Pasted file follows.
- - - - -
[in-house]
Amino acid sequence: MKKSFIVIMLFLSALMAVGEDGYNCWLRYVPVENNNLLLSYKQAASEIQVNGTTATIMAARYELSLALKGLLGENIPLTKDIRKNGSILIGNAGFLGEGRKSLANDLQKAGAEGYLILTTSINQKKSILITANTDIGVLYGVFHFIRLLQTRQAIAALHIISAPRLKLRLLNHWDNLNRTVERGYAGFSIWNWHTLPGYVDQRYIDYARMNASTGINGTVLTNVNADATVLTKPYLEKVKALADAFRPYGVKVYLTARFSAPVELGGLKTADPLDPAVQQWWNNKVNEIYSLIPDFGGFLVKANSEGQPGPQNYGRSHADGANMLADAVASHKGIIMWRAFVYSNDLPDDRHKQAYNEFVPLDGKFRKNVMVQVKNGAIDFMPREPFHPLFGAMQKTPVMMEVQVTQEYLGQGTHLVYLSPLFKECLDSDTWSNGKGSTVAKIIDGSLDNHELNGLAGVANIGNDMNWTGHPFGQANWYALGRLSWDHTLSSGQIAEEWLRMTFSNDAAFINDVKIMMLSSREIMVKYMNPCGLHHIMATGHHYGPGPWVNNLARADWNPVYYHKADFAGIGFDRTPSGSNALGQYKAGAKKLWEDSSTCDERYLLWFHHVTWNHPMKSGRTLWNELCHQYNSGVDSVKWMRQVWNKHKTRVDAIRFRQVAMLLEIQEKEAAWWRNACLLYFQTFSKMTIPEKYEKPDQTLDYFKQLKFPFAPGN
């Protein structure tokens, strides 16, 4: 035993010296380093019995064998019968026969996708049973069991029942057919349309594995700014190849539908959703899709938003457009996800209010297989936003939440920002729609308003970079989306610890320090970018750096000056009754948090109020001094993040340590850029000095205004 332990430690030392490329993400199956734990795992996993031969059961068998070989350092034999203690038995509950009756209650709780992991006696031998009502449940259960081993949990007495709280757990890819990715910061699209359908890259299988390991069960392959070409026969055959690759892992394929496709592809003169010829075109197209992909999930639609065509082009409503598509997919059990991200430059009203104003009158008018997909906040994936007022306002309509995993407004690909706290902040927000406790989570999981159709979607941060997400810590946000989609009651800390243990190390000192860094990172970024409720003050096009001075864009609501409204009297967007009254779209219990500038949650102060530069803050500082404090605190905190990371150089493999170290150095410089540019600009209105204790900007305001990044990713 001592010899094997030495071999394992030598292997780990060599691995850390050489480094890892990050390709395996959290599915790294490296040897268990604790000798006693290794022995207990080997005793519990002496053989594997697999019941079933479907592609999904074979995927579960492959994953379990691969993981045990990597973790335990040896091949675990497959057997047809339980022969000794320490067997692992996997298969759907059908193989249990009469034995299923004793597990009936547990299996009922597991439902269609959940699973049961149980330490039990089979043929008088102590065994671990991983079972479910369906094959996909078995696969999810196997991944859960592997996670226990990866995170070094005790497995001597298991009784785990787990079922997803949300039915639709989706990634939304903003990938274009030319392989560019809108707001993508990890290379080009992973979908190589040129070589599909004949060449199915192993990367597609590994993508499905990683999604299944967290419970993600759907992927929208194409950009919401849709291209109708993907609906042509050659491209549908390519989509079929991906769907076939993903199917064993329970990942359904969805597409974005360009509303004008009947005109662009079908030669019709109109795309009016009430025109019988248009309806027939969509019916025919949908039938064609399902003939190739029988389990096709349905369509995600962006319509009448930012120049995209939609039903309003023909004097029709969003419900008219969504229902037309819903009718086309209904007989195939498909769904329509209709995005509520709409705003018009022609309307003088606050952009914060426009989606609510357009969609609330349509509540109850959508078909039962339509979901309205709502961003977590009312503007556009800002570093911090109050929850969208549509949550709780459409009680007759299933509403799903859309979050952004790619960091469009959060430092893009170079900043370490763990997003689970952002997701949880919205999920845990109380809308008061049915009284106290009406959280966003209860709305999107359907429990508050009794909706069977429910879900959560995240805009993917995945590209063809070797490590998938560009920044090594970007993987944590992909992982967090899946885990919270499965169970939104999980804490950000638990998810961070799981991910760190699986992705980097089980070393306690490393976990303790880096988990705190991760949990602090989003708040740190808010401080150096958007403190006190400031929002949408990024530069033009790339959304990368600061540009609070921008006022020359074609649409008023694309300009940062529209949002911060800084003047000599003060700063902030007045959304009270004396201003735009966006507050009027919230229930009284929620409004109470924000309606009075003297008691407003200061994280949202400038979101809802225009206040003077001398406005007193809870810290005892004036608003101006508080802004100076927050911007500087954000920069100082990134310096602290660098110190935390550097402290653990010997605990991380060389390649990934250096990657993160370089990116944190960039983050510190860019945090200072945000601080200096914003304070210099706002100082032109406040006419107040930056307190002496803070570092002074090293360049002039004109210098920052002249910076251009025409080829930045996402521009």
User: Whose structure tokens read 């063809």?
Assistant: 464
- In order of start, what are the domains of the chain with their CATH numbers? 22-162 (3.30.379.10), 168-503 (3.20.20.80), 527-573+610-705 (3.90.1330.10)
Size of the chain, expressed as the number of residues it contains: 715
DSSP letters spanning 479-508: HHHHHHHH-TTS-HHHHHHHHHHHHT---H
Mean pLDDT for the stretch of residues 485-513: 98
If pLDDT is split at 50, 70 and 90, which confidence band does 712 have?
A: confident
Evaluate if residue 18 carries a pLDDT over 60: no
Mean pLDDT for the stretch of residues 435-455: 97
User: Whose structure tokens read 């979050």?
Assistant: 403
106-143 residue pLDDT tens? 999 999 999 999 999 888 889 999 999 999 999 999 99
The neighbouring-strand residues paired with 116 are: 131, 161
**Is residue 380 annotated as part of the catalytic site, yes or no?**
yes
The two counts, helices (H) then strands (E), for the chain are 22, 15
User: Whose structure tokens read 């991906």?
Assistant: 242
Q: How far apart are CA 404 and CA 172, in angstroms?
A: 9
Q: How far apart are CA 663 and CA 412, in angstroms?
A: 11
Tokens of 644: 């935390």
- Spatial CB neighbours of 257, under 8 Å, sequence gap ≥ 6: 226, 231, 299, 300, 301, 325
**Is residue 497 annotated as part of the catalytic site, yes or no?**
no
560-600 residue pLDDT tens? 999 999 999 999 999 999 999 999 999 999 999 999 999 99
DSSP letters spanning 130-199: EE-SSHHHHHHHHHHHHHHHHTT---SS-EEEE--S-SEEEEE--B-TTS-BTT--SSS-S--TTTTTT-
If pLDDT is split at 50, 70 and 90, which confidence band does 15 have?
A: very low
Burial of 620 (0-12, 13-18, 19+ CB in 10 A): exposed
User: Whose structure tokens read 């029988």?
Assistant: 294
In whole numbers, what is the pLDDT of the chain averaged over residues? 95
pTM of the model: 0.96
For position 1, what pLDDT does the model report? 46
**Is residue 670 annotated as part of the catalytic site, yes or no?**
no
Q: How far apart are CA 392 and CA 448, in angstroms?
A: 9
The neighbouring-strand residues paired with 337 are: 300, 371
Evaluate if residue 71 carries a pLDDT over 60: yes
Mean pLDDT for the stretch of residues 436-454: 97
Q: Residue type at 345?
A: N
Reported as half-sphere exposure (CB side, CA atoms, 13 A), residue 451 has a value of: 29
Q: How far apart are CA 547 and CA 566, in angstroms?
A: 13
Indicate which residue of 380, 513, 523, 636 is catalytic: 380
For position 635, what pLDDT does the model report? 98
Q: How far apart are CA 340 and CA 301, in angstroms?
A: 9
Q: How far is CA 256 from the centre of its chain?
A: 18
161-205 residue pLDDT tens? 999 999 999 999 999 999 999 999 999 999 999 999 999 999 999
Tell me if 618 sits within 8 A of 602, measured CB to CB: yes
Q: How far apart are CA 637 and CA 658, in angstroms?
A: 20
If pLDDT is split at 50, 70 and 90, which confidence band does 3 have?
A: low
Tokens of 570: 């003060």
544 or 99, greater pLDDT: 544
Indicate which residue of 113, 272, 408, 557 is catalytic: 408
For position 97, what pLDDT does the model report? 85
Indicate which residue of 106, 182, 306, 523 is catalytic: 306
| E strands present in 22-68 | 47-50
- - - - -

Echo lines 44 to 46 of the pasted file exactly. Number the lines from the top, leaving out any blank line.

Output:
A: 9
The neighbouring-strand residues paired with 337 are: 300, 371
Evaluate if residue 71 carries a pLDDT over 60: yes